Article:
Nana [1999]

Nana.

Nana is a story of two women who share the same pronunciation of their names. Their kanji is different, mind you.

We have Osaki Nana ナナ 大崎 who used to be a vocal of a band from a remote place. And there is Komatsu Nana 奈々小松 who is just a regular girl who gets walked over by pretty much anyone.

Both girls meet each other on a train that is bound to Tokyo. Both of them are 20 years old and they are heading into unknown.

Osaki Nana is, on surface, a strong and independent woman.
Komatsu Nana is pretty much the exact opposite. She is mentally weak and must depend on friends to make decisions for her.

They arrive in Tokyo to basically rekindle their lives. This is their story.
Osaki wants to start a band and turn pro while Komatsu doesn’t really have a goal. She is going to Tokyo to be with her boyfriend.

Nana is what I’d call a masterpiece. Its plot may be typical. Even its subject may be typical. However, its story and narration are so good that it doesn’t matter. It is a brilliant story that will glue you to your seat until you exhaust everything about the series.

Okay, I may be exaggerating a bit here. But I meant it when I said it is a masterpiece.

The series has been abandoned at 21st volume due to its author’s illness. Volume 21 was released in 2009. It is now 2021. It’s safe to assume that it is abandoned although officially it’s on hiatus.

However, volume 21 can be considered as the last volume because it provides a pretty good closure. I cried a lot when I read the volume 21 for the first time. Nine hells, the volume was an emotional rollercoaster.

I have the Korean version of Nana, plus a Japanese version of volume 21. I just had to have that volume in its original language and form. I would have gotten full Japanese books if I wasn’t running out of space. (I ran out of space completely as of 2021.)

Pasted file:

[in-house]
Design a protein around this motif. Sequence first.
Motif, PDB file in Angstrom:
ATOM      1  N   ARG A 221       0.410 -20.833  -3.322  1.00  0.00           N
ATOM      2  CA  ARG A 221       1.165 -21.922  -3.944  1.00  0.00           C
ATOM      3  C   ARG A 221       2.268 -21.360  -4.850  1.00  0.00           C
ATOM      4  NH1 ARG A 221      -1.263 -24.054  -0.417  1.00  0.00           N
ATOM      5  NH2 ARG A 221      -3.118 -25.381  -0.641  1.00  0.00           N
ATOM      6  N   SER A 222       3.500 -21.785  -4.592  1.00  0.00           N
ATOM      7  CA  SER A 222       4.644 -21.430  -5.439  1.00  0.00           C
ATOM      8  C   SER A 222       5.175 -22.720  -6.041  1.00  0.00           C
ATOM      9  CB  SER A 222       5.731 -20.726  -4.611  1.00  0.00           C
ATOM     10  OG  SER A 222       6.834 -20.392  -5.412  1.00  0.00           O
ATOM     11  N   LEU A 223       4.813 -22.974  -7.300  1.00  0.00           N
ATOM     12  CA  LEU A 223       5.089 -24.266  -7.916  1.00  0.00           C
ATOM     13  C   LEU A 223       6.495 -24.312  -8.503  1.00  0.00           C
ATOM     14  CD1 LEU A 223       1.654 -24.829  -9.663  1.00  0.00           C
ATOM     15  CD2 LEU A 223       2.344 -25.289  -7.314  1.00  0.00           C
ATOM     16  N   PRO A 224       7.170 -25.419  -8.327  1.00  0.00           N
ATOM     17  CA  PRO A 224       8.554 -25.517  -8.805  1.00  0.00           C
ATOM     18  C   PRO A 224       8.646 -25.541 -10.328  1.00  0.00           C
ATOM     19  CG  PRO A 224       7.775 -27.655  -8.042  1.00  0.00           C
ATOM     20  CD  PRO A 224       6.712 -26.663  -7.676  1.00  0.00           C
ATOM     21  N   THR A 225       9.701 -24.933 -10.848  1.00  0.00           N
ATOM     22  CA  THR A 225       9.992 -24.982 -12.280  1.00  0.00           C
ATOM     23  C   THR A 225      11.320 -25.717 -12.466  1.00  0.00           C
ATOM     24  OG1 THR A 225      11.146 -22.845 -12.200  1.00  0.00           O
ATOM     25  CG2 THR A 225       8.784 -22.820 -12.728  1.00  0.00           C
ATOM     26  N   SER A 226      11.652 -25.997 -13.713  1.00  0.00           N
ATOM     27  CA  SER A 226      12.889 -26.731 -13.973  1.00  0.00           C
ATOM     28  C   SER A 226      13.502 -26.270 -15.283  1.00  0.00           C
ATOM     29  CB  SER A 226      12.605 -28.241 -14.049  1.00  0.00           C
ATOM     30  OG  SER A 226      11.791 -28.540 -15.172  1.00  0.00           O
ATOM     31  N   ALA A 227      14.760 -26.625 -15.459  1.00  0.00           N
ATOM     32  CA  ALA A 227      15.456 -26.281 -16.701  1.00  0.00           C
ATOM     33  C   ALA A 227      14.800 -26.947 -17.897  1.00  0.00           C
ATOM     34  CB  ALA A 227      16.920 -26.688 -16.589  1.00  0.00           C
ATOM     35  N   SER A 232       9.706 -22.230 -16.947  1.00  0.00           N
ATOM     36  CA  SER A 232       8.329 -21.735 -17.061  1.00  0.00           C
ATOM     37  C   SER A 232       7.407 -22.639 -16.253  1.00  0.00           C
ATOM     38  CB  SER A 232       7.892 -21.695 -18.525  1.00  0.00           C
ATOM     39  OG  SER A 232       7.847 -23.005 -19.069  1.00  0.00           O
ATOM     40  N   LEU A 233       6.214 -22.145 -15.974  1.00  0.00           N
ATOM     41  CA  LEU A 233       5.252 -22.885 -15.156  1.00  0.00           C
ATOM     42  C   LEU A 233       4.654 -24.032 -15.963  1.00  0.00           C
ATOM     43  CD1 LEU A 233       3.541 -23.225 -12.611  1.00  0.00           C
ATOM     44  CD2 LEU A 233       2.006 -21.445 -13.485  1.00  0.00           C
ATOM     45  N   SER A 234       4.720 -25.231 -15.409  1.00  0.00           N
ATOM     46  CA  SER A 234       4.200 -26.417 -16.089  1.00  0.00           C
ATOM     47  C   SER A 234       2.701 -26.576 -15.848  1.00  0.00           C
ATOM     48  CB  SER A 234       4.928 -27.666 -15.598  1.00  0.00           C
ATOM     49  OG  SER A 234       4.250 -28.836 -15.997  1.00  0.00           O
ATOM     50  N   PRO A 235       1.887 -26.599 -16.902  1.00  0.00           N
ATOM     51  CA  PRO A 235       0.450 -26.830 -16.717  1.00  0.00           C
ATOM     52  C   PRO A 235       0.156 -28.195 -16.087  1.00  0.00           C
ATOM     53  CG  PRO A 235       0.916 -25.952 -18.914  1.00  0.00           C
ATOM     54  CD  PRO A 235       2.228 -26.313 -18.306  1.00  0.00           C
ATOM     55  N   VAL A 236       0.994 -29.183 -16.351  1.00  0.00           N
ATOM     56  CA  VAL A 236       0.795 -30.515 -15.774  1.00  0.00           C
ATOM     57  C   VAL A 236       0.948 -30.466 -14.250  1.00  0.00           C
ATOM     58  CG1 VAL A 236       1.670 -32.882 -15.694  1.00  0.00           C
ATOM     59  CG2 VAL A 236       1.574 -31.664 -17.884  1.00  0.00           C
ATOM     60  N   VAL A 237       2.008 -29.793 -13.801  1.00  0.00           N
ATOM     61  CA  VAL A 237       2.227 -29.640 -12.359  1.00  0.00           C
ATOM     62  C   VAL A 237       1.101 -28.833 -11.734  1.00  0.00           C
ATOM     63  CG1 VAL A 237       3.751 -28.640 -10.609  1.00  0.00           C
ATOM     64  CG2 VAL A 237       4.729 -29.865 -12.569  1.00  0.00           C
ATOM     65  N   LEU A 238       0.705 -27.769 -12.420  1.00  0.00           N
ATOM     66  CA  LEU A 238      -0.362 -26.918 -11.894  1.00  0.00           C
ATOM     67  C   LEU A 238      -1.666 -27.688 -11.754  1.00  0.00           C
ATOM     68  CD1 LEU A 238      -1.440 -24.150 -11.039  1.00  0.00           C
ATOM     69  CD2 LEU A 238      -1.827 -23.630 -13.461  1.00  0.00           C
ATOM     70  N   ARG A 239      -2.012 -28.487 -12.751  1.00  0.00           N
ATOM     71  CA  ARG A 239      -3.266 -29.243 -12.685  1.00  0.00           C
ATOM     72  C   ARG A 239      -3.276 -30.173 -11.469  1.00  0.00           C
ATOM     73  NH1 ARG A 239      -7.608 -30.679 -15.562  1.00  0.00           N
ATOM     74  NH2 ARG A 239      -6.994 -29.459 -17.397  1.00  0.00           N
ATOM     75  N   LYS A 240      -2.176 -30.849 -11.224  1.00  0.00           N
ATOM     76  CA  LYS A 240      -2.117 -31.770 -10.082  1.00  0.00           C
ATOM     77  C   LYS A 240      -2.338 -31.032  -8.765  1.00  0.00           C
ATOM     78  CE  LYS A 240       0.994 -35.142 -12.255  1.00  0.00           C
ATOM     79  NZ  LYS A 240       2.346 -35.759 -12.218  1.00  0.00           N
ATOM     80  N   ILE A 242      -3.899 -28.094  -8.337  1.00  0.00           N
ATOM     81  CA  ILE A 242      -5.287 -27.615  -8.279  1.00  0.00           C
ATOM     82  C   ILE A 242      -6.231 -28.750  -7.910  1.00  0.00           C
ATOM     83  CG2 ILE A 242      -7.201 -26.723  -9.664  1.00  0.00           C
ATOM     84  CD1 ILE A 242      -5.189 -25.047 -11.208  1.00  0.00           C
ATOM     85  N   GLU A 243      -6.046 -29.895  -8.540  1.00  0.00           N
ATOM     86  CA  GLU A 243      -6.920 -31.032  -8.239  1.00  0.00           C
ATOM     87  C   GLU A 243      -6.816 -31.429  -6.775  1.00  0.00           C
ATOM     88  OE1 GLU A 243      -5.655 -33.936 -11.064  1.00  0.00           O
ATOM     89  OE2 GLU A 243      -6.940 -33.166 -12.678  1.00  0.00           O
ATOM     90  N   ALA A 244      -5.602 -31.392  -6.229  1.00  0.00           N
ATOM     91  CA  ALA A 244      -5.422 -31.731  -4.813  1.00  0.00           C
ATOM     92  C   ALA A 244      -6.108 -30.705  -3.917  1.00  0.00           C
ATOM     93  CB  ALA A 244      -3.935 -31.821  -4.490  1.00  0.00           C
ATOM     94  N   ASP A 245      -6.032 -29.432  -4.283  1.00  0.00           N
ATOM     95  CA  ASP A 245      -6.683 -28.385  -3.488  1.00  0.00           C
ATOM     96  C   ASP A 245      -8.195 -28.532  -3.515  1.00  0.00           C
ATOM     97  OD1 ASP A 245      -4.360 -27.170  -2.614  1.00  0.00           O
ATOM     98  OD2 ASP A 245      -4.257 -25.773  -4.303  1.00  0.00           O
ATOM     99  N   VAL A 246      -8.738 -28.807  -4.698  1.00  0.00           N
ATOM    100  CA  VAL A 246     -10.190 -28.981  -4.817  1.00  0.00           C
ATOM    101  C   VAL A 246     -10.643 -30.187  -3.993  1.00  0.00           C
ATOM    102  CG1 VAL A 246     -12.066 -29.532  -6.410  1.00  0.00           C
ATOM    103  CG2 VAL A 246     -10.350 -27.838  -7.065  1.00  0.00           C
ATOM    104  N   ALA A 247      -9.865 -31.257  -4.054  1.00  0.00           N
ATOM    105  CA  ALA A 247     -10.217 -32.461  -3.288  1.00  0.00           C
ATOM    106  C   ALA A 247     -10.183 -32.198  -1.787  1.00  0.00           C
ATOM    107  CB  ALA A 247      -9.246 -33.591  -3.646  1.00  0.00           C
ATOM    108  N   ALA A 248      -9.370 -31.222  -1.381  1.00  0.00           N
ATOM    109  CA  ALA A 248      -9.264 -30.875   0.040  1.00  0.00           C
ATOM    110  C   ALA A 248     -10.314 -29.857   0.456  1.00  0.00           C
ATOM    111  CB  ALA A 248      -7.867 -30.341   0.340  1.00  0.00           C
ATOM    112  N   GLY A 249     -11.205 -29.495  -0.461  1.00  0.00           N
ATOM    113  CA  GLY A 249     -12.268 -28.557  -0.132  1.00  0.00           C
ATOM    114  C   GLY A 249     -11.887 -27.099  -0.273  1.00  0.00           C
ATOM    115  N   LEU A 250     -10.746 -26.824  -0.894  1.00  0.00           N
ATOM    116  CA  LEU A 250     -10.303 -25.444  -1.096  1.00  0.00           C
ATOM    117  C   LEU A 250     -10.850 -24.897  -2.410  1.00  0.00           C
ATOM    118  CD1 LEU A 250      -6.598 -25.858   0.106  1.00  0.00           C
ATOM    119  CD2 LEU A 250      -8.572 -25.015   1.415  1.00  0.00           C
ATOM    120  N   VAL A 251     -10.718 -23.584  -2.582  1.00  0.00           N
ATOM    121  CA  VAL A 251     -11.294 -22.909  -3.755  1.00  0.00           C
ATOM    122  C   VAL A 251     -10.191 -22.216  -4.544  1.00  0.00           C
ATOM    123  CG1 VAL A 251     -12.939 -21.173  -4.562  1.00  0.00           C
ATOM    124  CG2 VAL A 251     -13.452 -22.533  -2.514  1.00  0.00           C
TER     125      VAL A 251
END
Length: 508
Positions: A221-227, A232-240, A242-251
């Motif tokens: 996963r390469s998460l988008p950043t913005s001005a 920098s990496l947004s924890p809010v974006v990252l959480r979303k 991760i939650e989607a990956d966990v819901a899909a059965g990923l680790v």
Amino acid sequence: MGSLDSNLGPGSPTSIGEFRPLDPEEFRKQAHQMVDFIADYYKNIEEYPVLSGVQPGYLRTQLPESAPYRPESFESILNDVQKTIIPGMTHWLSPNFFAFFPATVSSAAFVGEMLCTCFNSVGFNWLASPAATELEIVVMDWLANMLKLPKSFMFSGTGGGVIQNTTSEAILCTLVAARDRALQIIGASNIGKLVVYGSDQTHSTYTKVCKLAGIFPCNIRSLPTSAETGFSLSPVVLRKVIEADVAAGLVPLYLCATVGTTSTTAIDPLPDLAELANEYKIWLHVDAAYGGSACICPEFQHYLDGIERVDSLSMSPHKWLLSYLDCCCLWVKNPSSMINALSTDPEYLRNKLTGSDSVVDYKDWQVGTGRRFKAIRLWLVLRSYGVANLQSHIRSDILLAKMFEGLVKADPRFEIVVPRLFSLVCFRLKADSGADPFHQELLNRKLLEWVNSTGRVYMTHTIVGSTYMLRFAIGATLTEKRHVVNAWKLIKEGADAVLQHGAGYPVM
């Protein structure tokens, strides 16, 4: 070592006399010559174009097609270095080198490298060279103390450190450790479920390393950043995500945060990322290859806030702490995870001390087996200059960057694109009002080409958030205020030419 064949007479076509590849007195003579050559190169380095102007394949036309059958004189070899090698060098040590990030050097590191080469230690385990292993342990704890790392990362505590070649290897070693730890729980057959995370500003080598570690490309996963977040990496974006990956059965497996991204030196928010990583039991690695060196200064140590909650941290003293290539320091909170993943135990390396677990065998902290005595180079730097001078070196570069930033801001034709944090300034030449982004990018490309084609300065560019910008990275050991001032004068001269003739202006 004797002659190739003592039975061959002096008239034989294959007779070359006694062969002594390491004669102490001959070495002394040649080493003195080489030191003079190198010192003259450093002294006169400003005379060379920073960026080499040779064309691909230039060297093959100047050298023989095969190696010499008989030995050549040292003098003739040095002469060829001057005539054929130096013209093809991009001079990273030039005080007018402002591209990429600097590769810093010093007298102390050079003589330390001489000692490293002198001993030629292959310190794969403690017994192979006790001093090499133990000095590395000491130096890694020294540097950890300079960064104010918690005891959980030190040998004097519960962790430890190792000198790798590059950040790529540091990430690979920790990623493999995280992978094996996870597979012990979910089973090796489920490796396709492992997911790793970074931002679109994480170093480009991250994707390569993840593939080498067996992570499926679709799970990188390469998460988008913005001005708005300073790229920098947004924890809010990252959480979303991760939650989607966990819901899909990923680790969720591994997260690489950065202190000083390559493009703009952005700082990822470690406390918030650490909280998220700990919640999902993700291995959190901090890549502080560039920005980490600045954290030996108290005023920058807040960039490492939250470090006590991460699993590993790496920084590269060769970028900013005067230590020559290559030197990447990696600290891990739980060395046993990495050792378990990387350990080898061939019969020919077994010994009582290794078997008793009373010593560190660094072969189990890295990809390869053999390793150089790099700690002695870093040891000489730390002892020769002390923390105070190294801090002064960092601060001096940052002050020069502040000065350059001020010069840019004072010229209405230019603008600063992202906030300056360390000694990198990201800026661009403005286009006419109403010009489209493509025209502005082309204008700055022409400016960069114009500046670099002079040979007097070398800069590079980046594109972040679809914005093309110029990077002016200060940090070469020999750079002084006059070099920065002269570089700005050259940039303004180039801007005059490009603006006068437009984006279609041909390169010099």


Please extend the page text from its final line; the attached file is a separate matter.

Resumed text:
There is also anime which I can recommend. It’s virtually the same as manga except it does not go as far as manga does. Either way, once you get into this series, you will want both versions.
Anime for the songs. Manga for the plot.

Yes, songs. You see, Osaki Nana is a singer, and the anime utilizes this fact very well. There is another singer in the series, Serizawa Layla who can be seen as a rival to her. She sings songs as well. Their songs are used as opening and ending songs for the series.

This series has really a lot of awesome songs. I will share two of my favorites here.

“Without You” from ANNA TSUCHIYA inspi’ NANA (BLACK STONES). Released: 2005.
“Winter sleep” from OLIVIA inspi’ REIRA (TRAPNEST) by OLIVIA. Released: 2005.

The first song is sung by Tsuchiya Anna as Osaki Nana.
The second song is sung by Lufkin Olivia ( as Serizawa Layla ).

This series has released a lot of albums. There are even a lot of fan-sung albums as well. Nana’s songs are mainly about pain and moving on. It’s usually dark as reflected by her past as well as present.

Layla’s songs have a pretty much opposite feeling compared to Nana’s which is actually brilliant overall.

As far as I recall, Nana was a huge success which is reflected by two movies (Nana 1, Nana 2).

I realize I haven’t really told you the plot. That is because I can make it either really simple or really long. There is no middle point. I do not want to go with the long version, so I am hardly going to tell you anything plot wise.

Basically, as stated in the beginning, two girls meet each other on a train to Tokyo. They are both 20 and are both looking to restart their lives. That is where everything begins.

In a sense, the plot is fairly realistic. There is no over-the-top scenario. There is also no expletively bad guys. Pretty much everyone acts according to their circumstances. Alcohol is also heavily involved, and there is sex, a lot of it. After all, the two Nana are in their prime age.

Well, I will spill some beans a bit on the Nana.

This is a better way to explain than trying to simplify the plot.

Komatsu Nana